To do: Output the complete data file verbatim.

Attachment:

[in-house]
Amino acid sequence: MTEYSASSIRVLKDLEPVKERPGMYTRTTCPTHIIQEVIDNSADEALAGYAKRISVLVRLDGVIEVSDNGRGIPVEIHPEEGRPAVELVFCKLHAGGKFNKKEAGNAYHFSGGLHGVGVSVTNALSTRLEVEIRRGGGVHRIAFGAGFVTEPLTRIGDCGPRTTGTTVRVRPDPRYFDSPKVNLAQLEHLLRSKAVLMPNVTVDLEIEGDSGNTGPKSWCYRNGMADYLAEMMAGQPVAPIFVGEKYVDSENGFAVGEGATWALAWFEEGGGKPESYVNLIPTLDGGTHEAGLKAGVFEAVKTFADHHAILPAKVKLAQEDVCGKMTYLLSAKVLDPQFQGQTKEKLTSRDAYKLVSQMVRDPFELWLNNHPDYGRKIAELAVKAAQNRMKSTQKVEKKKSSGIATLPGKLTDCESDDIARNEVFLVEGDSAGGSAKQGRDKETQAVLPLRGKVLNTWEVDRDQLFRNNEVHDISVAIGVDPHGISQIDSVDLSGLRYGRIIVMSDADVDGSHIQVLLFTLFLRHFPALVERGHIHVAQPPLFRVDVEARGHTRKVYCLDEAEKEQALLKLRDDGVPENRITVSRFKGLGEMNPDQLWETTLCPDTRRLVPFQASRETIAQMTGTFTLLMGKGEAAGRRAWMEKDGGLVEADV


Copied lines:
[in-house]
Amino acid sequence: MTEYSASSIRVLKDLEPVKERPGMYTRTTCPTHIIQEVIDNSADEALAGYAKRISVLVRLDGVIEVSDNGRGIPVEIHPEEGRPAVELVFCKLHAGGKFNKKEAGNAYHFSGGLHGVGVSVTNALSTRLEVEIRRGGGVHRIAFGAGFVTEPLTRIGDCGPRTTGTTVRVRPDPRYFDSPKVNLAQLEHLLRSKAVLMPNVTVDLEIEGDSGNTGPKSWCYRNGMADYLAEMMAGQPVAPIFVGEKYVDSENGFAVGEGATWALAWFEEGGGKPESYVNLIPTLDGGTHEAGLKAGVFEAVKTFADHHAILPAKVKLAQEDVCGKMTYLLSAKVLDPQFQGQTKEKLTSRDAYKLVSQMVRDPFELWLNNHPDYGRKIAELAVKAAQNRMKSTQKVEKKKSSGIATLPGKLTDCESDDIARNEVFLVEGDSAGGSAKQGRDKETQAVLPLRGKVLNTWEVDRDQLFRNNEVHDISVAIGVDPHGISQIDSVDLSGLRYGRIIVMSDADVDGSHIQVLLFTLFLRHFPALVERGHIHVAQPPLFRVDVEARGHTRKVYCLDEAEKEQALLKLRDDGVPENRITVSRFKGLGEMNPDQLWETTLCPDTRRLVPFQASRETIAQMTGTFTLLMGKGEAAGRRAWMEKDGGLVEADV